Legislation threatens to hamstring Arkansas’ rooftop solar expansion
Power companies say current structure unfair to non-solar customers
(Photo by Alexandra Beier/Getty Images)
Arkansas’ major electricity companies favor proposed legislation that likely would end the state’s boom in rooftop solar generation. Renewable energy advocates counter that such efforts will dismantle consumer-friendly policies put in place by the Legislature only four years ago.
Introduced Wednesday by Rep. Lanny Fite, R-Benton, House Bill 1370 would end the state’s current policy that requires owners of solar arrays and other renewable energy sources to be compensated at the regular retail rate for excess power generation.
The state’s largest electricity providers, Entergy Arkansas and Arkansas Electric Cooperatives Corp. (AECC), say the policy unfairly shifts the cost of electricity onto customers who don’t want or can’t afford solar or other renewable energy systems.
“We got some numbers in on the cost shift, and there is really $300 million (through 2040), not counting last year’s numbers that won’t be in until March,” said Fite, who is sponsoring the bill with Sen. Jonathan Dismang (R-Searcy).
Fite’s bill was filed three weeks after Rep. Stephen Meeks (R-Greenbrier) introduced the competing House Bill 1047. The chief architect of the state’s net-metering and renewable energy legislation said last month that his bill was a “temporary placeholder” to allow stakeholders to work on a draft acceptable to everyone.
“I’m very much opposed” to HB 1370, Meeks said.
But Arkansas Electric Cooperatives Corp. spokesman Rob Roedel said the existing policy results in higher electricity costs that fall on “the backs of Arkansans that are the least able to pay.”
“HB 1370 … protects Arkansas ratepayers by modifying Arkansas’ net metering law to cease unfair cost-shifting and avoid power grid strains and energy disasters that have occurred in other states,” Roedel said.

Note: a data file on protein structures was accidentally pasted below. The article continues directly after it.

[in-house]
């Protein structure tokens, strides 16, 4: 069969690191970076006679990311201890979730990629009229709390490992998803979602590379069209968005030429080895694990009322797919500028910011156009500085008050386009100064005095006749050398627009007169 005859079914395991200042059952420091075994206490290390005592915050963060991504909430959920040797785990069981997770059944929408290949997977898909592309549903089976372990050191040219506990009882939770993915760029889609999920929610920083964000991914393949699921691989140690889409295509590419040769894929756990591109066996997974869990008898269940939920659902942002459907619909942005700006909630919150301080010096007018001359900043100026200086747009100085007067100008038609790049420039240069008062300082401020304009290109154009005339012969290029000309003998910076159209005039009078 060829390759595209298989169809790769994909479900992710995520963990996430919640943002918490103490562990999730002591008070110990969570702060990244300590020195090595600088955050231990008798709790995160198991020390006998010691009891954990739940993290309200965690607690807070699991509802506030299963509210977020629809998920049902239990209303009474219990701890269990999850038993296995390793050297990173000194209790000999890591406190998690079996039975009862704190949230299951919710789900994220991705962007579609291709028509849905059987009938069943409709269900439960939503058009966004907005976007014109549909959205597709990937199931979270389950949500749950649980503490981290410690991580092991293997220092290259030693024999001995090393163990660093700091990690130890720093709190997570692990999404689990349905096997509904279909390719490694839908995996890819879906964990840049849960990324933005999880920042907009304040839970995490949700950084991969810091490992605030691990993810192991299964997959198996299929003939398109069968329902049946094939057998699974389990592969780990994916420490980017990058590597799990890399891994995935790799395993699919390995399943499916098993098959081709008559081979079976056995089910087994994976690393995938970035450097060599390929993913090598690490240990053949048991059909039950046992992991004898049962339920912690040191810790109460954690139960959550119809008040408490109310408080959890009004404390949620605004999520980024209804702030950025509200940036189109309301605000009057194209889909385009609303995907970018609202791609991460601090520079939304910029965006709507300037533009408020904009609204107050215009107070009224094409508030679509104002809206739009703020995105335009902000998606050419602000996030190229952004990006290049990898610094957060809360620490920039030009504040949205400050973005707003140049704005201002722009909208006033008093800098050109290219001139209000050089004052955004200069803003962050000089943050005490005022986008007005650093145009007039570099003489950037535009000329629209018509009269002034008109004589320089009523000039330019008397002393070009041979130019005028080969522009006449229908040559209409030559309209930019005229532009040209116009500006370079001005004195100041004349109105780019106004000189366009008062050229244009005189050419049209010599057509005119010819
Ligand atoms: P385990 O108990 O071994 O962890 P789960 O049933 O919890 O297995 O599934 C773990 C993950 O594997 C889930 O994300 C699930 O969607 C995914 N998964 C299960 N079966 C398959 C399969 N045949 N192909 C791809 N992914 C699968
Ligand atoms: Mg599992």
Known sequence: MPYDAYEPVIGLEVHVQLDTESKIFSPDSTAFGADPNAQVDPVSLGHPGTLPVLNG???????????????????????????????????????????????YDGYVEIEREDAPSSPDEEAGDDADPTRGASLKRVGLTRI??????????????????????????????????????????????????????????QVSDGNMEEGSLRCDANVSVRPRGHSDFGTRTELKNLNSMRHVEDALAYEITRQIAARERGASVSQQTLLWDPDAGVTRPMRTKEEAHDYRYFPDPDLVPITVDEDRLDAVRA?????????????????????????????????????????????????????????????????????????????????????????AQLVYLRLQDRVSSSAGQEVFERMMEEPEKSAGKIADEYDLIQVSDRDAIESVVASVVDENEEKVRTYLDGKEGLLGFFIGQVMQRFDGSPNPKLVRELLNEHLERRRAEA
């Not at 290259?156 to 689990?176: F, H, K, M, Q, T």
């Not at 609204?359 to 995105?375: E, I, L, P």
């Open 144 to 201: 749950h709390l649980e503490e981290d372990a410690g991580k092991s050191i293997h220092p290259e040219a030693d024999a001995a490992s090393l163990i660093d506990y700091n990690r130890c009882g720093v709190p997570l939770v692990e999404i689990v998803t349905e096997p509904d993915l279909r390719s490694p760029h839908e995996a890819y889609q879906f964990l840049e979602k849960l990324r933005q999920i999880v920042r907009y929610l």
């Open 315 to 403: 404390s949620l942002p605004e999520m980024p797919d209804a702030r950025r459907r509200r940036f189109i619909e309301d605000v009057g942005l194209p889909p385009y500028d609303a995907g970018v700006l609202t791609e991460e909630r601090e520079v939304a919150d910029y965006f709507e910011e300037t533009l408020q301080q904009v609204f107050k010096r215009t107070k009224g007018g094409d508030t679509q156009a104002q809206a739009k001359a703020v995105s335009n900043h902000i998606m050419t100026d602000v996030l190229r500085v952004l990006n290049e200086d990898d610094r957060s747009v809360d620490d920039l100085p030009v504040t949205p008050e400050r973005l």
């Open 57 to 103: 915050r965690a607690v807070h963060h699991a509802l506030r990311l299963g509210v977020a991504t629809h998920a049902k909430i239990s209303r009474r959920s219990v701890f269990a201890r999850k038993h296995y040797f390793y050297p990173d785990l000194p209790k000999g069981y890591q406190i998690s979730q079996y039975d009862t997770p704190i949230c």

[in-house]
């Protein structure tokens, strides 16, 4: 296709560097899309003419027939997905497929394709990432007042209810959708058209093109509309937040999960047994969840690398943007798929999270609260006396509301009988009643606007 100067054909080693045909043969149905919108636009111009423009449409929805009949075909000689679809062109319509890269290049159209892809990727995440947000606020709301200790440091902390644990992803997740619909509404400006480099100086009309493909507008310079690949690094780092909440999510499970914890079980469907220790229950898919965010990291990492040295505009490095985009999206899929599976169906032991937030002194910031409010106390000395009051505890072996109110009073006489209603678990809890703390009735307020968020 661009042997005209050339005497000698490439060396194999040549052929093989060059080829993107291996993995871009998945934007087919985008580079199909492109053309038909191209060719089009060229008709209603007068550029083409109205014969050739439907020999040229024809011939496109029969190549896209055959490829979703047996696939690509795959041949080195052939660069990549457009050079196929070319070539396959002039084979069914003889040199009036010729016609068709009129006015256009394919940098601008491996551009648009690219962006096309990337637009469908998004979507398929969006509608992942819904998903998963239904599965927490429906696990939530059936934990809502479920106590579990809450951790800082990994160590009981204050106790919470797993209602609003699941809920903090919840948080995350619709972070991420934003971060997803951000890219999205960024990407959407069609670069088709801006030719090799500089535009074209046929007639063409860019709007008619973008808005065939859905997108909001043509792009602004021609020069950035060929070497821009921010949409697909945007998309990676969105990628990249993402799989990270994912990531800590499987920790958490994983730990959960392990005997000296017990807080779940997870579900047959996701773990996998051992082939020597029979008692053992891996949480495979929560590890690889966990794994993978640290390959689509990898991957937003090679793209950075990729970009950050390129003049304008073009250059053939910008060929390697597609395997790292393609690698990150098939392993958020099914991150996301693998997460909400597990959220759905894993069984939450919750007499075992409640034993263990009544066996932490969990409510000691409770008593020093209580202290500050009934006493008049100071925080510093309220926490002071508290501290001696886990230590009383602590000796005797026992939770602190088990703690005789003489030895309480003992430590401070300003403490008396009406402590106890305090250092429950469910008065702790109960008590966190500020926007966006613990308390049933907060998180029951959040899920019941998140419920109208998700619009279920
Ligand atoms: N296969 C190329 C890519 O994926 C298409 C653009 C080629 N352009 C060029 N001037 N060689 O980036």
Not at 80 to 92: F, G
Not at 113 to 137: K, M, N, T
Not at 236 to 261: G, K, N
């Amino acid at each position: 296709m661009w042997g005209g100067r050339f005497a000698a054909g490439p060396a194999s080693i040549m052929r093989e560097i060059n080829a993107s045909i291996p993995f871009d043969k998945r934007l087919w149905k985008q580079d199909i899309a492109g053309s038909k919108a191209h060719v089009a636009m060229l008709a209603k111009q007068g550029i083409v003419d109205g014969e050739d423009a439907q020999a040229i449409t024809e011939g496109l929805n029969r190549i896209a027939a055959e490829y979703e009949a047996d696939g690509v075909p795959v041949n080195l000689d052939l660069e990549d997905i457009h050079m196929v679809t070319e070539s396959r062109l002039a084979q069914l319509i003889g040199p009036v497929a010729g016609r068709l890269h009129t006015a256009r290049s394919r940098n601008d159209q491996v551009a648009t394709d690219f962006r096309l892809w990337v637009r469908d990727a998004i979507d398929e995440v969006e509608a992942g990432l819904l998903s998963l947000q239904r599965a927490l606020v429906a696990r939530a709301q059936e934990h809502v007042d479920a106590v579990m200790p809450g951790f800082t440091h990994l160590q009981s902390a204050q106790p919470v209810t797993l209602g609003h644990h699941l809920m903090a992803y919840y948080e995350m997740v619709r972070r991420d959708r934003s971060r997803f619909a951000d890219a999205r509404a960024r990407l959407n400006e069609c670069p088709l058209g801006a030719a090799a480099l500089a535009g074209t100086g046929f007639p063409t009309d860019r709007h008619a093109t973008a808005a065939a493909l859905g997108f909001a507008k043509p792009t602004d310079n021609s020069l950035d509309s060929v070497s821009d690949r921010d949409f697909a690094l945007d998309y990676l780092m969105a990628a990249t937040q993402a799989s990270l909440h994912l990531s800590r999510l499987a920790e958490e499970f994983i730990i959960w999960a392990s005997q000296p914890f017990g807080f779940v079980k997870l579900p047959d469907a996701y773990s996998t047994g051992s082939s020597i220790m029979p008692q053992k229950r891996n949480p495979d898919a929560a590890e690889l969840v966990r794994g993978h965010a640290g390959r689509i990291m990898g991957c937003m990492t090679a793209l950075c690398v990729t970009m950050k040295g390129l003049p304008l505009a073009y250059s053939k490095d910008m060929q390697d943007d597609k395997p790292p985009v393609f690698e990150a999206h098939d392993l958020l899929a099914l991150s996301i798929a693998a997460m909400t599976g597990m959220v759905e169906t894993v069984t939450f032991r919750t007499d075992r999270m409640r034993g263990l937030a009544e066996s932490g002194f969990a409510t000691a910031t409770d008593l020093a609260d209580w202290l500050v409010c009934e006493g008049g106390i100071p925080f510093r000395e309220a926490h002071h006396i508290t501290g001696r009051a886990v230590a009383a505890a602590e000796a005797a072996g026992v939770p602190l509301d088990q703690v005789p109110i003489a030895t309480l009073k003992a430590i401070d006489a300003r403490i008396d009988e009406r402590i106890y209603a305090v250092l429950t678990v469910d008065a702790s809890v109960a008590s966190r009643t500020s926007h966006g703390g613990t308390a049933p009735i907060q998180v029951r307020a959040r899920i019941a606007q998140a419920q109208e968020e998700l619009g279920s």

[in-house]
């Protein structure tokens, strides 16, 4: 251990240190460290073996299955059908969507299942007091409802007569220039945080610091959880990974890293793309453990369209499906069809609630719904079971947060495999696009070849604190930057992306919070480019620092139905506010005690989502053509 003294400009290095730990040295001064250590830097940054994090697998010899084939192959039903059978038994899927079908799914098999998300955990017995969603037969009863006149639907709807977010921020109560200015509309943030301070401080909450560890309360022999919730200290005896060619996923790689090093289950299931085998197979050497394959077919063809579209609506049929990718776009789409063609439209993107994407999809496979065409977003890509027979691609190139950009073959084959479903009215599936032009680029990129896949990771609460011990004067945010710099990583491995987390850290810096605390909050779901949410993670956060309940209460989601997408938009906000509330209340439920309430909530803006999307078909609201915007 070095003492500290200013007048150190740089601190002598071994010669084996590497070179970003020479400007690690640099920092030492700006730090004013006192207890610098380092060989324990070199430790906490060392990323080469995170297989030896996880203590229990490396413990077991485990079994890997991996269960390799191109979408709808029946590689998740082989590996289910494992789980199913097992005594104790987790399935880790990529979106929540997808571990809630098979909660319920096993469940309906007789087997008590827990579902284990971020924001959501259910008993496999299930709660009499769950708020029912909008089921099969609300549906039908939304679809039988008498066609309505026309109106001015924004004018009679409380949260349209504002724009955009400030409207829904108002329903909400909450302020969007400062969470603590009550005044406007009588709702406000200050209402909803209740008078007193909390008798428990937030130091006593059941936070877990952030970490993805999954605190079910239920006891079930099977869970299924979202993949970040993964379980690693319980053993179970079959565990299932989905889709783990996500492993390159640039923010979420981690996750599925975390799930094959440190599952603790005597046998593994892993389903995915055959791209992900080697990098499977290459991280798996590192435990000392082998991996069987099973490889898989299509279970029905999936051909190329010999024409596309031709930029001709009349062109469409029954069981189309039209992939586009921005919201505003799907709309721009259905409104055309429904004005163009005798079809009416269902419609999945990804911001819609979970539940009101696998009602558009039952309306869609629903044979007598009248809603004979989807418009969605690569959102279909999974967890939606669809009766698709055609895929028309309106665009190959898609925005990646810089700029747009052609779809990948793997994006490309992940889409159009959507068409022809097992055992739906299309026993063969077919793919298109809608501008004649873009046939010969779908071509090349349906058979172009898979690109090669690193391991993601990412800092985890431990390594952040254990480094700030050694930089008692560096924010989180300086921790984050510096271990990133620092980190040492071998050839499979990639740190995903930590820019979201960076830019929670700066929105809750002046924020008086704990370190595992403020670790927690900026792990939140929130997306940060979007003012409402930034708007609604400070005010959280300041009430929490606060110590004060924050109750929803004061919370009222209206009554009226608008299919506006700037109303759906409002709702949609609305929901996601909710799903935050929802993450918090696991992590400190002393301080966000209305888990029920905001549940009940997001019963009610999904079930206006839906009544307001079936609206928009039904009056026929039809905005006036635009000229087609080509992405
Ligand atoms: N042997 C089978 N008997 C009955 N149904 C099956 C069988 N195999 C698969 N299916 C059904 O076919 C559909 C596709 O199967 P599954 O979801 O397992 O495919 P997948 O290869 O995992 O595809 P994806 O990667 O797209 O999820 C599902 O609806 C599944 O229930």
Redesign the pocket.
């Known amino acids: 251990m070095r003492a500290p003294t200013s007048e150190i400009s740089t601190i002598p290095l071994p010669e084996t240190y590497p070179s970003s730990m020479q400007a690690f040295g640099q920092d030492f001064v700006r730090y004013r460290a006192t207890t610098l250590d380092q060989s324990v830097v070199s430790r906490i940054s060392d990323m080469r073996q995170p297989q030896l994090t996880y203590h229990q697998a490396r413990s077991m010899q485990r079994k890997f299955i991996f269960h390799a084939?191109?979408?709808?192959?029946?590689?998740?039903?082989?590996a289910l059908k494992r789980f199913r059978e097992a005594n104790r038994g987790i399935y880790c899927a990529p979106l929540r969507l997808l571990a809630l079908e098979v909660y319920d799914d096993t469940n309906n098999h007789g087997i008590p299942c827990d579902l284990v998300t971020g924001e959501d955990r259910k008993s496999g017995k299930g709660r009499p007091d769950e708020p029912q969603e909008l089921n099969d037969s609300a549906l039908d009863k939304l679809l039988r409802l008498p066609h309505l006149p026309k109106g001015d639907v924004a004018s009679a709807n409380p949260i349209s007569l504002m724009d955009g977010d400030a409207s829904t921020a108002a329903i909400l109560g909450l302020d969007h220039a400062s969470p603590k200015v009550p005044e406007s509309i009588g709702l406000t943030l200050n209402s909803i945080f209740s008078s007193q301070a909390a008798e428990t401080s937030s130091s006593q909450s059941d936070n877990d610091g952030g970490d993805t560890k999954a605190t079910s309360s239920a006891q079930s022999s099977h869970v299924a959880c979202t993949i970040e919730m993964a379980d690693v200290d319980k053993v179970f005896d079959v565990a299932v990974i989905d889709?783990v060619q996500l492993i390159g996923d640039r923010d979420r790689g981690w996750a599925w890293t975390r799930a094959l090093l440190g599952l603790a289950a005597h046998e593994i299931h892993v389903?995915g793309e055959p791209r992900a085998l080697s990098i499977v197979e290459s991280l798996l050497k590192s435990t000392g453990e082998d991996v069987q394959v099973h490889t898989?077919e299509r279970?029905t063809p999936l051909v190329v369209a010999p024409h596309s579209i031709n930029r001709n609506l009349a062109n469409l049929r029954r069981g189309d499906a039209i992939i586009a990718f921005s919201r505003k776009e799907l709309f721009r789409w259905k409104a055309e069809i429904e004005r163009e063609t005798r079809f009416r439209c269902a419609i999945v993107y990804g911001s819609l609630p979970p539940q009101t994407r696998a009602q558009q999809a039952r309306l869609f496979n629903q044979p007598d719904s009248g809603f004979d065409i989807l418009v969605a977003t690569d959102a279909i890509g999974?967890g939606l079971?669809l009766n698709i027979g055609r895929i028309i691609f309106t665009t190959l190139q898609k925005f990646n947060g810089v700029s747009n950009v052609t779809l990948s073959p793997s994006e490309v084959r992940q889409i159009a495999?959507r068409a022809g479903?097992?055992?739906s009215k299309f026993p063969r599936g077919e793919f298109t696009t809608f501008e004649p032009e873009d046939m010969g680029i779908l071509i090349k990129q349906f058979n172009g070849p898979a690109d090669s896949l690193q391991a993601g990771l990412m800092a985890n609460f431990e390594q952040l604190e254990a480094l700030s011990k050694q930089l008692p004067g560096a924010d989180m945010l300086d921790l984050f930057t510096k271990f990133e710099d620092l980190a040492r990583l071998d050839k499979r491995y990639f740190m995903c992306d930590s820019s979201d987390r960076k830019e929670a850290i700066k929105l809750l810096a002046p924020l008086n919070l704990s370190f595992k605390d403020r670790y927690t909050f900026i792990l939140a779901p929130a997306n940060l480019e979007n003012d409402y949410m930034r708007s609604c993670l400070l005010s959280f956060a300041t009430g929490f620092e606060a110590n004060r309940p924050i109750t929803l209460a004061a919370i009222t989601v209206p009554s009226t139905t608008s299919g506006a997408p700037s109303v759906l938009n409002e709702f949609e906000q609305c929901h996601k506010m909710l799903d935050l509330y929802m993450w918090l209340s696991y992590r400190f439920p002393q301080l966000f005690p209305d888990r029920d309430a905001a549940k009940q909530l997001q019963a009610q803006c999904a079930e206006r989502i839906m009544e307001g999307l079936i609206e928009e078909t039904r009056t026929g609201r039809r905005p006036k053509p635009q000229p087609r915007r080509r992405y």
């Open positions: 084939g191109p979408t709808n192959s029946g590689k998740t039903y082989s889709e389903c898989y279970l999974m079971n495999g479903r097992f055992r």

The existing 1:1 net metering policy under the Solar Access Act (464) of 2019 put in place by the Arkansas Public Service Commission (PSC) only favors consumers that can afford a solar investment, Roedel said.
Utility customers who fed excess electricity to the big suppliers received 10 cents per kilowatt-hour for their net generation through the last day of 2022. The PSC order also allows existing pacts between net-metering customers and utilities to remain in place or grandfathered for 20 years.
Calling Act 464 a “silent tax,” Roedel said many other renewable energy-friendly states have tightened regulations on alternative energy policies to protect their citizens.
“Approximately $8 million was shifted from net metering consumers to other (AECC) members in 2021. Even if no new net metering facilities are installed under the current unfair 1:1 rate structure, the amount will swell to more than $140 million by 2040 when the PSC’s grandfathering policy of 1:1 under Act 464 ends,” he said.
“HB 1370 … will cease this unfair policy that is basically robbing Peter to pay Paul.”
Entergy Arkansas spokesman Brandi Hinkle also expressed satisfaction that state lawmakers are now addressing the four-year old net metering billing option, which she said will affect the Arkansas utility giant’s 728,000 customers across 63 of the state’s 75 counties.